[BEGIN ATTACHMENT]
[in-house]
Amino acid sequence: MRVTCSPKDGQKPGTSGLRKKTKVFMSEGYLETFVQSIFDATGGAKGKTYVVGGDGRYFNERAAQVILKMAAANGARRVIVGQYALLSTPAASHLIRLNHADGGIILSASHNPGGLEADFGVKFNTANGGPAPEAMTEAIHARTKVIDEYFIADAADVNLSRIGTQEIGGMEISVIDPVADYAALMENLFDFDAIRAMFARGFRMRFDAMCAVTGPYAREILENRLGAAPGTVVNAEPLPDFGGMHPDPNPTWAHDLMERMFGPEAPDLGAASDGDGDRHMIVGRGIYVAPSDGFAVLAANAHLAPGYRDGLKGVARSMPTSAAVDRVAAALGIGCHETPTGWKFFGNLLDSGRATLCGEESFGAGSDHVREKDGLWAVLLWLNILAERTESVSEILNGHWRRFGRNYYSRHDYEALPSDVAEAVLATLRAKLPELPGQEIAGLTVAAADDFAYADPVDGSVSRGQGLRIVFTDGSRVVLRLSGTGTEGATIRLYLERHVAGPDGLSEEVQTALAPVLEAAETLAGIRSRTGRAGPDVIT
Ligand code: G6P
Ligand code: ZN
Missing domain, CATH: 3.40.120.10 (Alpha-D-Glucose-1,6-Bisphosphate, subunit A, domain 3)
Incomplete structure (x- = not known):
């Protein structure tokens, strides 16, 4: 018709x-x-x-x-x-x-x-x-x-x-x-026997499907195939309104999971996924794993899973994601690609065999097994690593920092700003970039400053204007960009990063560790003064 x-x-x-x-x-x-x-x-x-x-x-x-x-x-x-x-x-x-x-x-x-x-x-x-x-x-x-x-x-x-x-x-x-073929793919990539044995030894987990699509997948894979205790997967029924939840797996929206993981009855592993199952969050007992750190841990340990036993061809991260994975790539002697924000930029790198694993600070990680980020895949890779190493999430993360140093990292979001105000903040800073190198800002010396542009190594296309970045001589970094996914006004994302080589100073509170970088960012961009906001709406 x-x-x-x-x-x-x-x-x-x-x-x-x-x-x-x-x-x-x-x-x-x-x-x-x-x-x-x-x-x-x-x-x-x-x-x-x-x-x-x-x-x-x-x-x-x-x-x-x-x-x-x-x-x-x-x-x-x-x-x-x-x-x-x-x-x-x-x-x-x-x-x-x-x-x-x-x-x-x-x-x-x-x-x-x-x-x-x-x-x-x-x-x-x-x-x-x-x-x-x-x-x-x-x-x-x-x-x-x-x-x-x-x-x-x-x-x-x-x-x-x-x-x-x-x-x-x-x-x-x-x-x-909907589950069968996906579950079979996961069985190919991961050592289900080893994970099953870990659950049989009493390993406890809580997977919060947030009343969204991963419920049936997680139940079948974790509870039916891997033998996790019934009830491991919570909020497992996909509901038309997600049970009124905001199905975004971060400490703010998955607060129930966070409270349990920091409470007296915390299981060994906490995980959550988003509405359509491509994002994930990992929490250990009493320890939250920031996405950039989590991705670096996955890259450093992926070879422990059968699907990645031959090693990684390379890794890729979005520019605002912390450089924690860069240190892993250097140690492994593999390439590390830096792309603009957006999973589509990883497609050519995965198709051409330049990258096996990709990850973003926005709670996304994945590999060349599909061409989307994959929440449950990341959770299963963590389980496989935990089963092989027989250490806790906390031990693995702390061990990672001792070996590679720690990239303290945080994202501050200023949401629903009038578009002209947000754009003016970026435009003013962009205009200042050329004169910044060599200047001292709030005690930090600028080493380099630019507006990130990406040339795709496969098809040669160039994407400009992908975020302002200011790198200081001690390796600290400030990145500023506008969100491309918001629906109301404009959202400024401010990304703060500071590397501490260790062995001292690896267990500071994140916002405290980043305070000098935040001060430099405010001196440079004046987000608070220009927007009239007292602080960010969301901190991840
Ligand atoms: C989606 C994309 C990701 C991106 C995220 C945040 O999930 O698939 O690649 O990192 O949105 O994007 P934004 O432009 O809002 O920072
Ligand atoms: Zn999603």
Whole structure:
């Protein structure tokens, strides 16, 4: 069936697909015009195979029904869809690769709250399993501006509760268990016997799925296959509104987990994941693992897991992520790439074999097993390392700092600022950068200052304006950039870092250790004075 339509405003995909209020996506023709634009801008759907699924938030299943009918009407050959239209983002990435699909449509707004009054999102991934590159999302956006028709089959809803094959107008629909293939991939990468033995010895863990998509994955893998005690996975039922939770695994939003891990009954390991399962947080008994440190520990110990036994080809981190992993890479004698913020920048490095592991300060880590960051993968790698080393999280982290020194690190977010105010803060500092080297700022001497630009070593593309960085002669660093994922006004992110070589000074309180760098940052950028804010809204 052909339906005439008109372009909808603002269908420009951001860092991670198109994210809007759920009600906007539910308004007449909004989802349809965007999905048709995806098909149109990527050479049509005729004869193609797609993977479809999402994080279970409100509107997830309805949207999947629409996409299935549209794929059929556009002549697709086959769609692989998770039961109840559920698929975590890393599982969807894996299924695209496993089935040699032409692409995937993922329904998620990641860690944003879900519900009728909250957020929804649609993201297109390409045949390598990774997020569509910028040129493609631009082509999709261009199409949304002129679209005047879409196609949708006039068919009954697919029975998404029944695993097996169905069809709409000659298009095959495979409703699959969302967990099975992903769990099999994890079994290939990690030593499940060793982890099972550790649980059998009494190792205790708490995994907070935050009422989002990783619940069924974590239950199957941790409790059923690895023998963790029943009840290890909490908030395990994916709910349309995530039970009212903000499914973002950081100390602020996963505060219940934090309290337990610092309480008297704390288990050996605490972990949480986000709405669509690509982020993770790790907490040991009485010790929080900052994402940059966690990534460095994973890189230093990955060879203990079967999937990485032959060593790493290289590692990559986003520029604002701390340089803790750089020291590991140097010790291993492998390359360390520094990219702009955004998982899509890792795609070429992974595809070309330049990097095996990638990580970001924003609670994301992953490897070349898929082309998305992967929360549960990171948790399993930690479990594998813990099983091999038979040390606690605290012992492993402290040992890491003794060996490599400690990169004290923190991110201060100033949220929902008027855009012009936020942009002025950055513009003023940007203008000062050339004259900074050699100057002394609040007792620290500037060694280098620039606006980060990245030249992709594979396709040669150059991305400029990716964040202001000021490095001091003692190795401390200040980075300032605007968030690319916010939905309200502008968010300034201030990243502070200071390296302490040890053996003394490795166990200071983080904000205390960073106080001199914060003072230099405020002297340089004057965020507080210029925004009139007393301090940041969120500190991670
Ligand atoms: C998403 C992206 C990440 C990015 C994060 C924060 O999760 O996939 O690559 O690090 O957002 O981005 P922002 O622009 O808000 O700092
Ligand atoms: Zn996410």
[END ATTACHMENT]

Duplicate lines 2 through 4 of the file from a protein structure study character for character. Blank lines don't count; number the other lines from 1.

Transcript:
Amino acid sequence: MRVTCSPKDGQKPGTSGLRKKTKVFMSEGYLETFVQSIFDATGGAKGKTYVVGGDGRYFNERAAQVILKMAAANGARRVIVGQYALLSTPAASHLIRLNHADGGIILSASHNPGGLEADFGVKFNTANGGPAPEAMTEAIHARTKVIDEYFIADAADVNLSRIGTQEIGGMEISVIDPVADYAALMENLFDFDAIRAMFARGFRMRFDAMCAVTGPYAREILENRLGAAPGTVVNAEPLPDFGGMHPDPNPTWAHDLMERMFGPEAPDLGAASDGDGDRHMIVGRGIYVAPSDGFAVLAANAHLAPGYRDGLKGVARSMPTSAAVDRVAAALGIGCHETPTGWKFFGNLLDSGRATLCGEESFGAGSDHVREKDGLWAVLLWLNILAERTESVSEILNGHWRRFGRNYYSRHDYEALPSDVAEAVLATLRAKLPELPGQEIAGLTVAAADDFAYADPVDGSVSRGQGLRIVFTDGSRVVLRLSGTGTEGATIRLYLERHVAGPDGLSEEVQTALAPVLEAAETLAGIRSRTGRAGPDVIT
Ligand code: G6P
Ligand code: ZN